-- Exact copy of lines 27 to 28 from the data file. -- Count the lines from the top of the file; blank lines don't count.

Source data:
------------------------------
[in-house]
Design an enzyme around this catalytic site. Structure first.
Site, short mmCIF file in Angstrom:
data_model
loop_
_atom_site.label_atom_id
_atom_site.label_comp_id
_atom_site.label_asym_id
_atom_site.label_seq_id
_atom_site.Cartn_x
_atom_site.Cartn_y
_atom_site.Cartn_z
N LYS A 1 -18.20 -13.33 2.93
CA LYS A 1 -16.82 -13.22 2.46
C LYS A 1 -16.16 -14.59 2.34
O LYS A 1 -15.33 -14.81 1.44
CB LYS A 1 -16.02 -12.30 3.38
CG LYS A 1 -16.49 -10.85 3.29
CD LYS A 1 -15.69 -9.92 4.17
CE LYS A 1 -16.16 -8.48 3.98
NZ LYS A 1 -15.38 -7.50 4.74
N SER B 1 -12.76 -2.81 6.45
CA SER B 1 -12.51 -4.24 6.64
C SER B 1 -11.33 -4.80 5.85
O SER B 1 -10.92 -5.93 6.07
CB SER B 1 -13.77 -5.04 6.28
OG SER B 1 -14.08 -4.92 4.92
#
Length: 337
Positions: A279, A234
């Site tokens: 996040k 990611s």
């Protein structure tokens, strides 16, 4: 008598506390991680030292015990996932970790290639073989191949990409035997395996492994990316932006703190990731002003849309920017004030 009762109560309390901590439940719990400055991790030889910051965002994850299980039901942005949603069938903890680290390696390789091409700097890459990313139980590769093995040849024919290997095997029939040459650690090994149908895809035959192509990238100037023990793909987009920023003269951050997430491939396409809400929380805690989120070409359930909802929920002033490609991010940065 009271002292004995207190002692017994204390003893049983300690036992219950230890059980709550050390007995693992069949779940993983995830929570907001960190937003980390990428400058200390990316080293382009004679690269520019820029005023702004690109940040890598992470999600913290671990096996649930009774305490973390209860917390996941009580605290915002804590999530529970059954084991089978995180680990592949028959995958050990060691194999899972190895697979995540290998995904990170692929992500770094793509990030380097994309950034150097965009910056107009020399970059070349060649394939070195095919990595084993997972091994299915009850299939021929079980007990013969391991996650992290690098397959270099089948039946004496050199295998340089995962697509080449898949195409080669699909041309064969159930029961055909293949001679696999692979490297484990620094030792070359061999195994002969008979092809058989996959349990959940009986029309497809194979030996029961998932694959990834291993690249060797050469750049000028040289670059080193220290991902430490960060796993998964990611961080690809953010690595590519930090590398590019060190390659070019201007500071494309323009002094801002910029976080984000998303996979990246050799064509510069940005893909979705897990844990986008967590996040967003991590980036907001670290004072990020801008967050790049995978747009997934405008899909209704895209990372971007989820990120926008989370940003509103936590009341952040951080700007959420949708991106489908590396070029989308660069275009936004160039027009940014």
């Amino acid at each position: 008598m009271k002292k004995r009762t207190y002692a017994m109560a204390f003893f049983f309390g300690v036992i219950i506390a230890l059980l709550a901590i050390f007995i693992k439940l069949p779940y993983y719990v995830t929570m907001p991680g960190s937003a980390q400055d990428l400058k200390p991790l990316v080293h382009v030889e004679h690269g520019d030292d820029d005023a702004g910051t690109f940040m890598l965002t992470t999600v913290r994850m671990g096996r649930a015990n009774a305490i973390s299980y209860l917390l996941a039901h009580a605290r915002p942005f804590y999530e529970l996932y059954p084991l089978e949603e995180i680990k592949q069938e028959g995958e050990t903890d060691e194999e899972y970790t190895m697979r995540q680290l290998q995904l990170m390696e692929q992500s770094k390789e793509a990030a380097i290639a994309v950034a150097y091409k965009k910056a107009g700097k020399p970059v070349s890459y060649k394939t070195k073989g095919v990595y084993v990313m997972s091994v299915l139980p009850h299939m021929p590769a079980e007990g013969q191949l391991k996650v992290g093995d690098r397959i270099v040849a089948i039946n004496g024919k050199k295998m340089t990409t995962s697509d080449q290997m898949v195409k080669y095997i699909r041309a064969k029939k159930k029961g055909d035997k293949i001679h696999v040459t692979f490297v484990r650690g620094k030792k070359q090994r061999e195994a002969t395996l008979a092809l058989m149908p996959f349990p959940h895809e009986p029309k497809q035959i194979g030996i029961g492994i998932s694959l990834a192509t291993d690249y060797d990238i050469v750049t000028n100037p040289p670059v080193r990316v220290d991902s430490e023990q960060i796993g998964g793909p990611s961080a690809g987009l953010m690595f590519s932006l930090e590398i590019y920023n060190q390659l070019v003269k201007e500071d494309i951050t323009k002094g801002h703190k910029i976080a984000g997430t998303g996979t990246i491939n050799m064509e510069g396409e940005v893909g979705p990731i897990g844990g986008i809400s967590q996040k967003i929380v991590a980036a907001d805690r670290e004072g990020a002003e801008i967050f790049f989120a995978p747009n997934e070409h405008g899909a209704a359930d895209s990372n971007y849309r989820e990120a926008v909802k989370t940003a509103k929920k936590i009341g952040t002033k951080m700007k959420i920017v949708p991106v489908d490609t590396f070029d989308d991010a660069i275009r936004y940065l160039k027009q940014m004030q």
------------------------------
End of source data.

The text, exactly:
OG SER B 1 -14.08 -4.92 4.92
#